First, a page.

30 years into her career as a recording artist, Eliza Carthy set out to make an album that saw her and longtime collaborators Saul Rose and David Delarre stretch themselves musically and get away from the well known repertoire with which they have become some of the most highly regarded names on the folk circuit.
Conversations We’ve Had Before is only a slightly tongue in cheek album title then. For their first recording in this lineup, the trio have gleaned from friends, books and recordings a number of less often heard songs and tunes (largely) from the traditional English canon.
That said, there is the feeling of eavesdropping on discussion between the three musicians. Not just from the way the count-ins at the start of tracks have been kept on the finished recording, but the close mutual understanding shown by the trio. This allows them to vary the dynamic level, rhythm and tempo of tracks with skill and ease, whether on the lopsided Pecket’s Black Mary or as the Cheshire Rolling Hornpipe accelerates towards its conclusion.
Knife In The Window features ripping fiddle and ribald vocals from Carthy alongside Rose’s signature fulsome melodeon that combines to sound like much more than just three people.
Behind it all, Delarre’s guitar acts as pacemaker whether with tight and vigorous strumming such as on Love Lane or taking on a more melodic role on fingerpicked numbers such as The Blind Beggar of Bethnal Green.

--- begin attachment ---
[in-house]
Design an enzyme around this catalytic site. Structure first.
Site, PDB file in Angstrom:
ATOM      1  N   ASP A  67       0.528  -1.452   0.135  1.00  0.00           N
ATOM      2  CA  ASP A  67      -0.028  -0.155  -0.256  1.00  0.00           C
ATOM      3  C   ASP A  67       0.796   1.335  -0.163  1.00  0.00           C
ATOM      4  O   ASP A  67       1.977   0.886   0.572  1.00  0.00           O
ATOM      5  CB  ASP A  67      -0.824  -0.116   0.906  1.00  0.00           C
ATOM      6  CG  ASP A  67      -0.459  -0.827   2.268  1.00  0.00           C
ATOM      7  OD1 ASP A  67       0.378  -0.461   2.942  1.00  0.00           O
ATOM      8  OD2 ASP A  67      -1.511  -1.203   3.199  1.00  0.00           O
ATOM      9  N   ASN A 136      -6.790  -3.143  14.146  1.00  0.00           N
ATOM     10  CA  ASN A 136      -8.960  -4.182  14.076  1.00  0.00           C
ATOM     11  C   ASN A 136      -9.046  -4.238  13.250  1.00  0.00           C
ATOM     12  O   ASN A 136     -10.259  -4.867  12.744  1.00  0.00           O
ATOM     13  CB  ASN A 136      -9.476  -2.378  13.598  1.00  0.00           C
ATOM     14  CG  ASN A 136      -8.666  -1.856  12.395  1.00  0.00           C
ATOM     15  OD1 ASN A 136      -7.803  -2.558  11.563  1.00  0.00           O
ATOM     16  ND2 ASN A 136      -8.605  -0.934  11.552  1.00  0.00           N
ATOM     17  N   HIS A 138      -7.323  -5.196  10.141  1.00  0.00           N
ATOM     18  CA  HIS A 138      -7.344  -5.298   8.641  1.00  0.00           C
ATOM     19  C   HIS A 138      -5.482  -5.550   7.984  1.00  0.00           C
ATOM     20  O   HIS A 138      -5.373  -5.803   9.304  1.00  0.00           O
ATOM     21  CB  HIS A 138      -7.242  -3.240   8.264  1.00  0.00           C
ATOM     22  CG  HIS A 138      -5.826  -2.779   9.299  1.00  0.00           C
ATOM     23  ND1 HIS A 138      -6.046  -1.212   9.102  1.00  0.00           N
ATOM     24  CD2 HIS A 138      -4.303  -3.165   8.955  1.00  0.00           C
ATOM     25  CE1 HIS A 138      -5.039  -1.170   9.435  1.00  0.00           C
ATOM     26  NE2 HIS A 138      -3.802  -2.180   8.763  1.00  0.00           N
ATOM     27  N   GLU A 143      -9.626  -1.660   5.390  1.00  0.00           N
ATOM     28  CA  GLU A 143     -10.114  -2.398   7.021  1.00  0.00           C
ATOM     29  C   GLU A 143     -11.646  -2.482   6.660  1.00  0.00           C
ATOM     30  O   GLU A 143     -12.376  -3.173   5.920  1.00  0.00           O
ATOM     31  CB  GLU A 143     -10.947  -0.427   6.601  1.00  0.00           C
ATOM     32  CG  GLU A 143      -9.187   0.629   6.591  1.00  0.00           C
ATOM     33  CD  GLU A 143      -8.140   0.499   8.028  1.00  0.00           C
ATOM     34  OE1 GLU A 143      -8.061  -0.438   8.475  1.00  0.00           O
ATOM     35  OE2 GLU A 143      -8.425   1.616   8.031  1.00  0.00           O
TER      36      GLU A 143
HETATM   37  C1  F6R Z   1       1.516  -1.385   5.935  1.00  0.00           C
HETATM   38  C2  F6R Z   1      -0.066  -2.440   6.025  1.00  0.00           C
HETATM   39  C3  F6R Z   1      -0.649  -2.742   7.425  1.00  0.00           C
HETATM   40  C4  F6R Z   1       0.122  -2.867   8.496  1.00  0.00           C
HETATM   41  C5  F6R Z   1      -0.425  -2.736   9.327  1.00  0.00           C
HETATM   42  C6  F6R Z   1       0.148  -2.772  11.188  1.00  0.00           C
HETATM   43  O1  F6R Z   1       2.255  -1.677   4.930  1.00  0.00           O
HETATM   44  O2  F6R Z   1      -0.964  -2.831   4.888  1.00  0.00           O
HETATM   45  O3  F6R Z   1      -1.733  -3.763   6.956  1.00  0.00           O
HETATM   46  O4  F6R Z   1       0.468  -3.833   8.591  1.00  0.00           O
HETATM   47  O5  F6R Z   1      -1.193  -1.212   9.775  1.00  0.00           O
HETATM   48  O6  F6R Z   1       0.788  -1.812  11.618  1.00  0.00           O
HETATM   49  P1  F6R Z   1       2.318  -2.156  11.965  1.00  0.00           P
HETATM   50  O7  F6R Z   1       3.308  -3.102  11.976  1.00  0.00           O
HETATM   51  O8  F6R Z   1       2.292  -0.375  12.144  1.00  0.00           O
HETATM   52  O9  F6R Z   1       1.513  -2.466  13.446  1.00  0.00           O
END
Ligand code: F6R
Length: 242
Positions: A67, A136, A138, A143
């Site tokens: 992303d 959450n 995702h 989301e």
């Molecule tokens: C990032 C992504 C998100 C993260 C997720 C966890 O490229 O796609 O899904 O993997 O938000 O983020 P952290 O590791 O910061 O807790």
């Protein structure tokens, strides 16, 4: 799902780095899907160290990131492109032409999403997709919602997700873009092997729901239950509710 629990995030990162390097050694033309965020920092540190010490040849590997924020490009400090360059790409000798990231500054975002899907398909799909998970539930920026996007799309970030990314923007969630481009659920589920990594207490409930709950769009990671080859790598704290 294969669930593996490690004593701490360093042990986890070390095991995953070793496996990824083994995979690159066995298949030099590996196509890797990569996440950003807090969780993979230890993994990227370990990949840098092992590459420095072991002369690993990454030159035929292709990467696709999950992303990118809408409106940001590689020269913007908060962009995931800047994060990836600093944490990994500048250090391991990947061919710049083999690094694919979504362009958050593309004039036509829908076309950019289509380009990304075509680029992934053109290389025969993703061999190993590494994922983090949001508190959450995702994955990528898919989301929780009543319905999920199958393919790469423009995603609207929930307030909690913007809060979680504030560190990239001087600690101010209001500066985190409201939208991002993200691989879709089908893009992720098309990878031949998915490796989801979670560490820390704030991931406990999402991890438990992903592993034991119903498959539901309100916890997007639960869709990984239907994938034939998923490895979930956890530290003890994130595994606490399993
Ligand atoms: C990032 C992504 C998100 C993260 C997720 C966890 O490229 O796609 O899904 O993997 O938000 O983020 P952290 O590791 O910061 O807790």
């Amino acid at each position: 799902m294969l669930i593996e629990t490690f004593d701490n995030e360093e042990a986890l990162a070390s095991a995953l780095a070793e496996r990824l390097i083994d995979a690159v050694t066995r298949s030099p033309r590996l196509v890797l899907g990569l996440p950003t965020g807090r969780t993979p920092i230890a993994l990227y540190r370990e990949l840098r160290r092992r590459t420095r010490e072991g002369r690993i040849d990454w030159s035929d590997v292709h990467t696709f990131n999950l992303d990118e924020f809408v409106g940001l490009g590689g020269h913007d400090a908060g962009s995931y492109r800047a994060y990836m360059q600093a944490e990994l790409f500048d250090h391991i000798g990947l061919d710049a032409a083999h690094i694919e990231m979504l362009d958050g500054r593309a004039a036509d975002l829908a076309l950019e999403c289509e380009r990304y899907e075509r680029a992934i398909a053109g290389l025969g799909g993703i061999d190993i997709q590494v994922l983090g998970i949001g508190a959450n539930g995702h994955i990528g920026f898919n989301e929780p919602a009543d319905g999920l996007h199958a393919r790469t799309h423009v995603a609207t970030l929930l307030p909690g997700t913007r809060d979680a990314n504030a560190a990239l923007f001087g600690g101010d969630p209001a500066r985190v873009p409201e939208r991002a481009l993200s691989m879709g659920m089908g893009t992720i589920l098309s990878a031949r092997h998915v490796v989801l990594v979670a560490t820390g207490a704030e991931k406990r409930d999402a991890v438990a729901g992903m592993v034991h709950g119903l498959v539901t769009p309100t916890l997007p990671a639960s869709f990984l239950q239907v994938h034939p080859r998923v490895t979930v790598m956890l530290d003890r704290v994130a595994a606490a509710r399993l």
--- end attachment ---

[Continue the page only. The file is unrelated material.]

The intimate feel of the album is complemented by sparing but effective use of the studio, especially the layered backing vocals on tracks such as Golden Slumbers that give the simple melody liftoff on a lush version of the ancient lullaby that knocks Paul McCartney’s version into a cocked hat. Or the opposite effect on Bird in The Bush where the stabs and swells of multitracked vocals are set against foreboding melodeon bass notes, octave fiddle and muted guitar, giving a dark subtext to the liaison between the three milkmaids and a young man.
For all its stated aim of breaking new ground, the biggest success of Conversations We’ve Had Before is how it marries the verve, swagger and sense of freewheeling fun on Carthy’s earlier work with a richness of tone and texture that speaks to all three performers’ decades of collective experience. A musical conversation we hope the trio will keep having for us all to listen in on and enjoy.Nick Brook
Self released July 4th 2023 digitally.
1. Knife In The Window
2. Avington Pond / Mrs Casey
3. The Blind Beggar Of Bethnal Green
4. Pecket’s Black Mary / Love Lane
5. The Spanish Lady’s Love / Planxty Charles Coote
6. Away My Brave Boys
7. The Message
8. Sword Dance / Cheshire Rolling Hornpipe
9. Go From My Window / Whitefriars Hornpipe
10. Golden Slumbers
11. Bird In The Bush
12. The Light Of Other Days